Stand by to be baptised by the truly deep, clear waters of Soul; and quite aptly the title of the opening track on this double CD is "I'll Go Where You Want Me To Go". And where the History of Soul guys want you to go is on a journey commencing in Wichita Falls, Texas in 1927 and what was probably a so called field recording for Chicago's Okeh label by Miss Arizona Dranes. The first side of this collection is principally Spiritual, Gospel and acoustic Blues music that clearly displays where much of post war R&B and Soul music has its deep roots and aptly concludes with a duet consisting of Spiritual singer Ethel Davenport and Bluesman Brownie McGee. But don't get me wrong it isn't as clear cut as Spiritual on side one and Blues on side two as the immediate post war period covered on disc two gave birth to some great Gospel sides cut by the likes of the Pilgrim Travelers and Clara Ward who plays this fine collection out. With fifty seven tracks this is amazing value and the accompanying booklets are arguably worth the asking price in their own right. Keith Rylatt - Manifesto
There are a lot - A LOT - of poor quality 'out of copyright (OOC)' compilations out there. Not with these guys. They know their stuff and if the prices seem a bit steep for OOC stuff all I'd say is that you'll find stuff on here that you won't find elsewhere. PLUS - the comps are all put together with a real eye for detail. The only thing I'd change is the notes (which are great) should follow the track listings rather than be jumbled all over the place. I find it easier to rip the discs and play the tracks to follow the sleeve notes. That wee thing aside - these are great comps. Buy the lot - I am!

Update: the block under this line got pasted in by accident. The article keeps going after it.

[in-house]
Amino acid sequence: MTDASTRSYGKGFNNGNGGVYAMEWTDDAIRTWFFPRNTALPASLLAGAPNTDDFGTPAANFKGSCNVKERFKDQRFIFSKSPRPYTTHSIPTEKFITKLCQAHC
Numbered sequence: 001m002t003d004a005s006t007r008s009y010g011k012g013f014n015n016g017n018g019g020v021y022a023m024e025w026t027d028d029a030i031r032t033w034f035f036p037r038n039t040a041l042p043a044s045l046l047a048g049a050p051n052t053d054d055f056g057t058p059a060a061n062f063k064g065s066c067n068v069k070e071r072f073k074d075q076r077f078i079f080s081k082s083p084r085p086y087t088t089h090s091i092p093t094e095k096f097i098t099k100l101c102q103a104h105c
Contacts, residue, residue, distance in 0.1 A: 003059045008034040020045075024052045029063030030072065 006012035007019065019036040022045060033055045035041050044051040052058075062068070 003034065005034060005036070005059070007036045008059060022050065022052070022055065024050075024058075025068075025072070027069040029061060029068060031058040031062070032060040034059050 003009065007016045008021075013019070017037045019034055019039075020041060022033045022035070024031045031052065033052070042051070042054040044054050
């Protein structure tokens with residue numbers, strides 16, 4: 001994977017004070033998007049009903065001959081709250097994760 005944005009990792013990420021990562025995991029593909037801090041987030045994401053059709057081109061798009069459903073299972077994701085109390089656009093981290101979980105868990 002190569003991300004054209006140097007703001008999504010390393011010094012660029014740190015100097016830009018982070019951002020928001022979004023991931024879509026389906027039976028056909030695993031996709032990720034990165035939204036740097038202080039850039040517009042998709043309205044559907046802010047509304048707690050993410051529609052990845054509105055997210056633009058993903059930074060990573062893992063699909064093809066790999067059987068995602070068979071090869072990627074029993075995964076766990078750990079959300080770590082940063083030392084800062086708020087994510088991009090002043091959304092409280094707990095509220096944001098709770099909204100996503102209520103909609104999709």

Here's a wonderful collection, the first volume in what is promising to be a great and ambitious new series chronicling the history of Soul music. In an effort to tell the whole story, this set goes way, way back to some of the earliest blues and spiritual recordings ever released and then takes you all the way up to 1940s and 1950s recordings by the likes of Roy Brown, Mahalia Jackson, and Percy Mayfield. Some examples of truly rare early gems featured here that get to the heart of the story are "Honey In The Rock" by Blind Mamie Forehand, "Denomination Blues Part 1" by Washington Phillips, "Judgment" by Sister Mary Nelson, and "Dough Roller Blues" by Garfield Akers; tracks like these really do transport you to a different time and place, and are such a delight to hear. You get truly sublime Gospel like "Them Bones" by Mitchells Christian Singers, down and dirty blues like "In My Girlish Days" by Memphis Minnie, and tracks that seem to walk the line between Saturday night and Sunday morning like "Cross And Evil Woman Blues" by Reverend Gary Davis. All of this great music is accompanied by some wonderfully extensive liner notes, full of great photos, label reproductions, and much more.